Caught overreaching, the Prime Minister did what he always does when he is caught overreaching: he turned his shaky judgment into everyone else’s moral lesson. “When you’re trying to help get money out to people, speed is of the essence, especially in an unprecedented situation like this one,” he said on Tuesday by way of half-explanation. “But I want to make it very clear: I believe in our democratic institutions.” Having just been rather loudly reminded of their existence, I suppose he’d better.

“All of us in parliament must work together,” he said, belatedly, “and Canadians need to see us doing just that. So, you have my unwavering commitment. We will protect and uphold democratic values. We will protect and uphold democratic institutions as we deliver support to Canadians as quickly as possible.” “Unwavering” was a nice choice of words. Dude, you just wavered.

As fun as it is, I’m not sure dunking on Trudeau provides a complete explanation for the government’s behaviour. The second layer of chaos was provided by Lanark—Frontenac—Kingston MP Scott Reid, who, if I were to write about him in the prose style of Lanark—Frontenac—Kingston MP Scott Reid, I would say played the role of a constitutional Banquo’s ghost at everyone else’s banquet.

Reid posted a couple thousand words on his website explaining why he was even in the Commons, given that his own whip’s office had told him not to show up. Nobody had a part for him to play in this Count Basie Octet Parliament, but he believed nobody else—including none of his Conservative colleagues—was interested in playing the basic roles of parliamentarians, including reading bills before passing them.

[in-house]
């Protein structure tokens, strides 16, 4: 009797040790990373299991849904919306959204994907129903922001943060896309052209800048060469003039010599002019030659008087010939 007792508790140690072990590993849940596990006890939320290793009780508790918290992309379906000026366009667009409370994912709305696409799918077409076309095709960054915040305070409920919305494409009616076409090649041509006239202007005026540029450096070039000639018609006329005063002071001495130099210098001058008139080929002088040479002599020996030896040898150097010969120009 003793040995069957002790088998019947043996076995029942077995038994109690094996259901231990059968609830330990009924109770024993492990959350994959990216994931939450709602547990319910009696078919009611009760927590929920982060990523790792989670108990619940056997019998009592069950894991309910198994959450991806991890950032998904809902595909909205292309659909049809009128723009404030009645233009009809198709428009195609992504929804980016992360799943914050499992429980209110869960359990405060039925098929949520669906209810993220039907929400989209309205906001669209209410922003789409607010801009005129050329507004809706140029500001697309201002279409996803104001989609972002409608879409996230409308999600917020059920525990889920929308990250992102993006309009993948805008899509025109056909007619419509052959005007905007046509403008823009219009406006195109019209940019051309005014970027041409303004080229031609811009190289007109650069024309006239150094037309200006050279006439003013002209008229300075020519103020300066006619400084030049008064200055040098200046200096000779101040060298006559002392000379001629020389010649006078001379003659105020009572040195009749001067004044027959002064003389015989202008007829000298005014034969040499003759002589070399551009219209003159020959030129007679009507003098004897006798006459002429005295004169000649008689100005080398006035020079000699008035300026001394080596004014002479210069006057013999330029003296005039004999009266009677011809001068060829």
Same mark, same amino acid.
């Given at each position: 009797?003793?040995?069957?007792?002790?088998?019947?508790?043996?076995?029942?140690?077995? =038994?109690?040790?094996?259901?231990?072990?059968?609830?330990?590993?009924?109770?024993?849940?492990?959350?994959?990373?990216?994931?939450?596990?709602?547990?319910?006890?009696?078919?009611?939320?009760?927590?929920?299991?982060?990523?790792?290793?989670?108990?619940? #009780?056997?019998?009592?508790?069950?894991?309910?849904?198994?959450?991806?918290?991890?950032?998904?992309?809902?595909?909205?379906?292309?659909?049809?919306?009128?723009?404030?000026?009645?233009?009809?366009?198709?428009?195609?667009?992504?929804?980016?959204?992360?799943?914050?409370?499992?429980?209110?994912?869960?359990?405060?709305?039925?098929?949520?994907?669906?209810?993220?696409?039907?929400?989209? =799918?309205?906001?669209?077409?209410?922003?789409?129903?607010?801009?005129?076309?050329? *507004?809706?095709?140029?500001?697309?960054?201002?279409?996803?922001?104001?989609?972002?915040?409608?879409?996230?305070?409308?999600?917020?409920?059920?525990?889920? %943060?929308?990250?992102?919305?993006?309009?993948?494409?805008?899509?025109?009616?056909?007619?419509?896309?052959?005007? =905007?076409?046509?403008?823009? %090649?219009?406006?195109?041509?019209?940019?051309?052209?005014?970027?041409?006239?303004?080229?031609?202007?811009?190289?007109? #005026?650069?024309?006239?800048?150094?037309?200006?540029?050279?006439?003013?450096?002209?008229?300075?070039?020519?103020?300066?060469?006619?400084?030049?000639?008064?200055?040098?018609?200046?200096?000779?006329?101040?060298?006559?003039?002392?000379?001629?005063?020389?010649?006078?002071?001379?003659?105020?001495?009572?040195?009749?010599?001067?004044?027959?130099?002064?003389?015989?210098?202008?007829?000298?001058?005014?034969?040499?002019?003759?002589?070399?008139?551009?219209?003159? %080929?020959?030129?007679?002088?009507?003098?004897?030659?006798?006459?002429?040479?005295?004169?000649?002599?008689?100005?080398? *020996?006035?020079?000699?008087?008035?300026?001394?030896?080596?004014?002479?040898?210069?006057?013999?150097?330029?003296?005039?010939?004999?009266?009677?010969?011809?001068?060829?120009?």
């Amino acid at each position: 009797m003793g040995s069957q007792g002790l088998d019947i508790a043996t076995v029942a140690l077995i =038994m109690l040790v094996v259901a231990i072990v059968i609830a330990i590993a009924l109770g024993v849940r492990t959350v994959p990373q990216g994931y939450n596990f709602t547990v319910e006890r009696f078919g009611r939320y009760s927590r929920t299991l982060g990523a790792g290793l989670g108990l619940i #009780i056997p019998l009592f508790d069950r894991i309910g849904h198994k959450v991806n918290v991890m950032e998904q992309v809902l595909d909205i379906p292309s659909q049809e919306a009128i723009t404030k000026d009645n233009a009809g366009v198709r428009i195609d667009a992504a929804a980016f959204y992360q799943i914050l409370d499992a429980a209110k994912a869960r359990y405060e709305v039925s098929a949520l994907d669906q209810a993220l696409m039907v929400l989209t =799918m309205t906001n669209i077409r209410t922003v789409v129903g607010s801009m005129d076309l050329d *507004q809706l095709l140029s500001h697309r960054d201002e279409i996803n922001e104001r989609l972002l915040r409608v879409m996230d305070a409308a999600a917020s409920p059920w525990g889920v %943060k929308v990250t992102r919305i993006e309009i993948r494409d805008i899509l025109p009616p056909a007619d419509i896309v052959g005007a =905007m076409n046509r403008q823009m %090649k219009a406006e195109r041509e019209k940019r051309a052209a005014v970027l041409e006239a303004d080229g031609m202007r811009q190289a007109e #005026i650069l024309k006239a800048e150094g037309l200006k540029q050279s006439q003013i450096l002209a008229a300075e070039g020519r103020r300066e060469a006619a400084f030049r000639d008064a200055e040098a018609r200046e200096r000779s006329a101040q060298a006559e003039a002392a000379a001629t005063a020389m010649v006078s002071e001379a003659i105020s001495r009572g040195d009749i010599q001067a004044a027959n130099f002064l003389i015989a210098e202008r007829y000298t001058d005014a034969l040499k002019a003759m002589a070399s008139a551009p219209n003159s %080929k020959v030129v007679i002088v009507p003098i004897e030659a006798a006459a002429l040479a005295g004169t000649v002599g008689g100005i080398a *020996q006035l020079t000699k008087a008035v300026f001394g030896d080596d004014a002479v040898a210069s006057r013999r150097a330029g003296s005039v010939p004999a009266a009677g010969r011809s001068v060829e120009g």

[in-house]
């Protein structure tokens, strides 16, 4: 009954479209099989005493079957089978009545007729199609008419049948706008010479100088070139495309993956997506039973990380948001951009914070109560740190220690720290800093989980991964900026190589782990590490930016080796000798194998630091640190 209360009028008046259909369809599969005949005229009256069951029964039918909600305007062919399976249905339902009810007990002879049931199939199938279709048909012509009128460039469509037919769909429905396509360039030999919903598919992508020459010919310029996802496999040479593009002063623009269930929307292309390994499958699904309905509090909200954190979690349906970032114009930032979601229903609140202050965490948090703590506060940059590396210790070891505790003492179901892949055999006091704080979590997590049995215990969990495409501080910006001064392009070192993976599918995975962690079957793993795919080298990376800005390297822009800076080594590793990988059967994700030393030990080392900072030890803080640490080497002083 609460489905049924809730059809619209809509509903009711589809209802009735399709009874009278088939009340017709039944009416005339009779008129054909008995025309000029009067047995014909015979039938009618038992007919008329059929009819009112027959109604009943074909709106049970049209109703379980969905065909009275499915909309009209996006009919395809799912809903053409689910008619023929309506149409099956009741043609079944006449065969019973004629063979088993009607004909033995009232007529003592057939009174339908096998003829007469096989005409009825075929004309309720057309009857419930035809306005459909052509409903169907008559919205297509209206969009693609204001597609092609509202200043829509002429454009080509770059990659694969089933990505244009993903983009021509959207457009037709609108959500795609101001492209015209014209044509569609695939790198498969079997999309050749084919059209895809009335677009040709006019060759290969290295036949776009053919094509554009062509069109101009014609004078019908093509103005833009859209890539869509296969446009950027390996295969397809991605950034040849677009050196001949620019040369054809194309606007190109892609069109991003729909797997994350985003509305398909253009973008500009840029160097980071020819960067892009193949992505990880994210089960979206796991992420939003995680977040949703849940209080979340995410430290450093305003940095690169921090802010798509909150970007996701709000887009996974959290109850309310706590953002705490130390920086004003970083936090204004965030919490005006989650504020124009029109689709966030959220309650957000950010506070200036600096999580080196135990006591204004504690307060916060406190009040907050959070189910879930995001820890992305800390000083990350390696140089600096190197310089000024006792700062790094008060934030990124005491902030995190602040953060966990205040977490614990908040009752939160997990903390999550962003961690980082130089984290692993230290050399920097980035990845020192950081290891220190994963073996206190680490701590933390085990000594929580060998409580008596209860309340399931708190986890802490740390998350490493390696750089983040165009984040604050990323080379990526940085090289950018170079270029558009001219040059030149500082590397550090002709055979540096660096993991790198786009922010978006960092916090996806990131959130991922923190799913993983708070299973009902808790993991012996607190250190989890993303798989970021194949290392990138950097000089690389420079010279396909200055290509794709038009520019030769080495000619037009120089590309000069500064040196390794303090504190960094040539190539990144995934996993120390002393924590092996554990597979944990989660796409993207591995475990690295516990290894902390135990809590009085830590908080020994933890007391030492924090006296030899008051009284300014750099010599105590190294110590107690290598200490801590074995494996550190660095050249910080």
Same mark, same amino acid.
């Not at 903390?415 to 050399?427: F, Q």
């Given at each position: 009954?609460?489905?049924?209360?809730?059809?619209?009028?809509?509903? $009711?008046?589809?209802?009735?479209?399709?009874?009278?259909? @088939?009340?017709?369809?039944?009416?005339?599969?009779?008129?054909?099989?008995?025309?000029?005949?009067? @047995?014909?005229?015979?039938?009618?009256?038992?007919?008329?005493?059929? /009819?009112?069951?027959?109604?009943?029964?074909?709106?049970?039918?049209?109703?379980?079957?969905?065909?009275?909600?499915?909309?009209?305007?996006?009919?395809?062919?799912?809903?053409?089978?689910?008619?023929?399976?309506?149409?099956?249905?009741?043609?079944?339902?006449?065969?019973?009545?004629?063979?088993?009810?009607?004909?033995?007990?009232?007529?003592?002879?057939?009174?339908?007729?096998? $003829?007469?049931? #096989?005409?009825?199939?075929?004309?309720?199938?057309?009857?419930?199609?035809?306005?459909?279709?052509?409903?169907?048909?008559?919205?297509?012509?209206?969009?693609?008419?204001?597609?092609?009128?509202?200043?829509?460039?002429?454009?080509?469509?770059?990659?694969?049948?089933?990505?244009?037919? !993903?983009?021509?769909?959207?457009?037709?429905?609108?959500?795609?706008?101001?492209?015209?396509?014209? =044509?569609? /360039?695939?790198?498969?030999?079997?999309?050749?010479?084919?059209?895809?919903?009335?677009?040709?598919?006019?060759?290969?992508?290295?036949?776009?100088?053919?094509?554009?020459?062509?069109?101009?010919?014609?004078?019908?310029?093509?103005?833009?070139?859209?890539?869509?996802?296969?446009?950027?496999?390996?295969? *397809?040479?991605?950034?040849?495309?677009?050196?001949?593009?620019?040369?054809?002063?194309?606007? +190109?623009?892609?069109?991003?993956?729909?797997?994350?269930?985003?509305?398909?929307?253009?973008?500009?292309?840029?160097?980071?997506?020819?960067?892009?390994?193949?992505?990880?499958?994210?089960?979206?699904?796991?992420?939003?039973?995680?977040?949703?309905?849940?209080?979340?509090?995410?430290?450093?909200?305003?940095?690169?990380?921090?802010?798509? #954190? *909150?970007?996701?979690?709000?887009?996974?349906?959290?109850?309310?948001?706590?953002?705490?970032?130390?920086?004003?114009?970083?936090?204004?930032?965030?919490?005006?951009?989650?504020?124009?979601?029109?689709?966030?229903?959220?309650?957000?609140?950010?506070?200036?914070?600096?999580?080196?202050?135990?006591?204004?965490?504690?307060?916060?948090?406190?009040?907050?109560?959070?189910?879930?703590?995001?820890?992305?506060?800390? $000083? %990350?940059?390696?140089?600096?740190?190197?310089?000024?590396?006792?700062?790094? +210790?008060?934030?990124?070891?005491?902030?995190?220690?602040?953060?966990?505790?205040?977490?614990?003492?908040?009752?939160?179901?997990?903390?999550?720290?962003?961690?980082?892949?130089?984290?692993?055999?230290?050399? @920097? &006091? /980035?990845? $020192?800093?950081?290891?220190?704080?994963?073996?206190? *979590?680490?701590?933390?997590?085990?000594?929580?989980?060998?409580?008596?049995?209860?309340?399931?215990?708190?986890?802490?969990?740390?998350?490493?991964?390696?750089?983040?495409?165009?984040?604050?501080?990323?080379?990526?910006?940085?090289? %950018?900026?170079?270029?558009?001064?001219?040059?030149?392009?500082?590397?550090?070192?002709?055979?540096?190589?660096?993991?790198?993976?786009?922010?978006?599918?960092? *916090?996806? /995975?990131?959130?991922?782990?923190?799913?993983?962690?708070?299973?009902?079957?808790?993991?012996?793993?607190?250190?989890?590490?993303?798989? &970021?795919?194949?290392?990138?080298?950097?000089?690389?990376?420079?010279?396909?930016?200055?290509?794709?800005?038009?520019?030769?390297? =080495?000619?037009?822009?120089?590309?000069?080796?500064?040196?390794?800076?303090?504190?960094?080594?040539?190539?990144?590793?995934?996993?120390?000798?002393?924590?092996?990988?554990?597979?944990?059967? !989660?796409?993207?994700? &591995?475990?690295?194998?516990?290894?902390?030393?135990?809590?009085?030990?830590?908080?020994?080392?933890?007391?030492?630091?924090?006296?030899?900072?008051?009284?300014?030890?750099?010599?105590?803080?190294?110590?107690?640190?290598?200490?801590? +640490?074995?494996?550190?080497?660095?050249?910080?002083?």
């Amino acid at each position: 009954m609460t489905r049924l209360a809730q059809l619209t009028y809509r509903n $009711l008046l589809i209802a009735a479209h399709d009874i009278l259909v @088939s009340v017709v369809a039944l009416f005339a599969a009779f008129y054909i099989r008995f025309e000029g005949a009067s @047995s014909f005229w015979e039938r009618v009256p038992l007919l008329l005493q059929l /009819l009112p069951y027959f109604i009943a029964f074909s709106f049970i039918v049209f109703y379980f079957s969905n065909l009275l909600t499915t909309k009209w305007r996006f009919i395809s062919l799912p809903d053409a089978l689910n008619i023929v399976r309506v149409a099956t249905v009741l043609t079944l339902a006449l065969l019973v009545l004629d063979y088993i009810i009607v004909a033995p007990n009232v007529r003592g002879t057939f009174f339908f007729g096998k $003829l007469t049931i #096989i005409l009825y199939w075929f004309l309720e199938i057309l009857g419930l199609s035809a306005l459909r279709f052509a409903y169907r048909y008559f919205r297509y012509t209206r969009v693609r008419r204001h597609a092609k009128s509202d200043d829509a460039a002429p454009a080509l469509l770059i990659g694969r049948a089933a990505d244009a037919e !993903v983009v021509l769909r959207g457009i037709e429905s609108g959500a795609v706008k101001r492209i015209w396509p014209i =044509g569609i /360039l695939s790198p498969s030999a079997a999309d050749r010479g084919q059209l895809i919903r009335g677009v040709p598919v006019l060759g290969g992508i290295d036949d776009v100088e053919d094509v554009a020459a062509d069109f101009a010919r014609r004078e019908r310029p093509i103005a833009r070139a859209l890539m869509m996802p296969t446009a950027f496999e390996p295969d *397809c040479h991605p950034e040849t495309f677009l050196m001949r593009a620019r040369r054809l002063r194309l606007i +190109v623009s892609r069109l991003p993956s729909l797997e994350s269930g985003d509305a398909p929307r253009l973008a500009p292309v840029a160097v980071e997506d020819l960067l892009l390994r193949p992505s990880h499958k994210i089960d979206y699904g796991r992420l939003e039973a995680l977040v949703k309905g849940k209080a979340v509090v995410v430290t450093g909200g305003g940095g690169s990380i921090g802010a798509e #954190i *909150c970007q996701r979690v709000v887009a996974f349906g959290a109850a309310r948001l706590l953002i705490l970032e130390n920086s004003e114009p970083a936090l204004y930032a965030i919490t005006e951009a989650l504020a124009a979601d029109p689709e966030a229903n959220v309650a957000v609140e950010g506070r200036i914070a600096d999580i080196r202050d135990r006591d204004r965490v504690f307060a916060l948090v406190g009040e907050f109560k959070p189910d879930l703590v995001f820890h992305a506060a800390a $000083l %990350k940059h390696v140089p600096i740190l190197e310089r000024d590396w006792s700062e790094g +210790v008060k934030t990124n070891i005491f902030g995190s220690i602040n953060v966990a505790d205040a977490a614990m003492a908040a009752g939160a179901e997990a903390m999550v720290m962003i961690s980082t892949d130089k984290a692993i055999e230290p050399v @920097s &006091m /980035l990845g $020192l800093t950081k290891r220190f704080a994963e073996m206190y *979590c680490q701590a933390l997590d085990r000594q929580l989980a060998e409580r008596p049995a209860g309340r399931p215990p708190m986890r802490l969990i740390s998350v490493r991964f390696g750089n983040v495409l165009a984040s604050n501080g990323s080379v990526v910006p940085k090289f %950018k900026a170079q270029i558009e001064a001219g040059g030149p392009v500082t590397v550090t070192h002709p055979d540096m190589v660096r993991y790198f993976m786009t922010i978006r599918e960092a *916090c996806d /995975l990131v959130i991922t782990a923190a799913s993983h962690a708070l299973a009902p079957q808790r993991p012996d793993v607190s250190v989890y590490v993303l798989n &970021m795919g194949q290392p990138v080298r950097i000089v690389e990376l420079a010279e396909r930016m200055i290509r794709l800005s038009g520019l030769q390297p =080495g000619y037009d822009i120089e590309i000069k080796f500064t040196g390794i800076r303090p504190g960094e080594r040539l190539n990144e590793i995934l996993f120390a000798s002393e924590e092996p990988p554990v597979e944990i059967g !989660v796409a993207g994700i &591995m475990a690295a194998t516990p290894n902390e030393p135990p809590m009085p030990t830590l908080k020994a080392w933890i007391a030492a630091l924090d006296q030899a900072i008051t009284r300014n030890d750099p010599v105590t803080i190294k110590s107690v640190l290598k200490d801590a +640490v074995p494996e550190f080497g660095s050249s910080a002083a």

In this, Reid had the evidence of the last sitting day before Parliament rose a couple of weeks ago, when MPs passed three spending bills without looking them over. Sure, everyone’s terrified of a global pandemic. But “panic is never, ever, an excuse to override our ancient political conventions,” Reid wrote. “These conventions are the oldest and best protections that exist for our political liberties.”

Here Reid was reminding everyone why, for such a softspoken and thoughtful guy, he exasperates so many colleagues. He has a knack for being inconvenient. Here was his leader, Andrew Scheer, complaining about the “government’s attempted undemocratic power grab.” And here was Reid complaining that Scheer and the Conservative parliamentary leadership had already colluded in an undemocratic power grab—grabbing power from their own MPs—and were learning to like it. “Sauce for the goose” is almost never a welcome argument in Ottawa.

The other reason why governments are tempted to play fast and loose with the rules is that they face a crisis on a scale almost beyond comprehension. The scale of the response is similarly unprecedented, everywhere. France’s cabinet this morning passed 25 decrees on everything from financial support to the number of hours in a work week—the largest number of government decrees on a single day since the Algerian War of Independence in 1958. Governments everywhere are throwing money none of them have at this thing.

And if there’s a theme in leaders’ comments this week, in crisis news briefings around the world, it’s that these are still the early days of the crisis. “It’s a long effort we’ll have to face together,” France’s Prime Minister Edouard Philippe said this morning. “We’re only at the beginning.”  In Washington, Gen. Mark Milley, the Chairman of the Joint Chiefs of Staff, said, “You’re looking at late May, June, something in that range” for an exit from the state of emergency. “Maybe, it could be as late as July.”

Are governments going to get things wrong in a context like this? Oh, absolutely. Have already, will some more. Everybody’s improvising. But the chances of getting it wrong diminish if many eyes check the homework. They don’t increase. Something that remains true even when it’s inconvenient.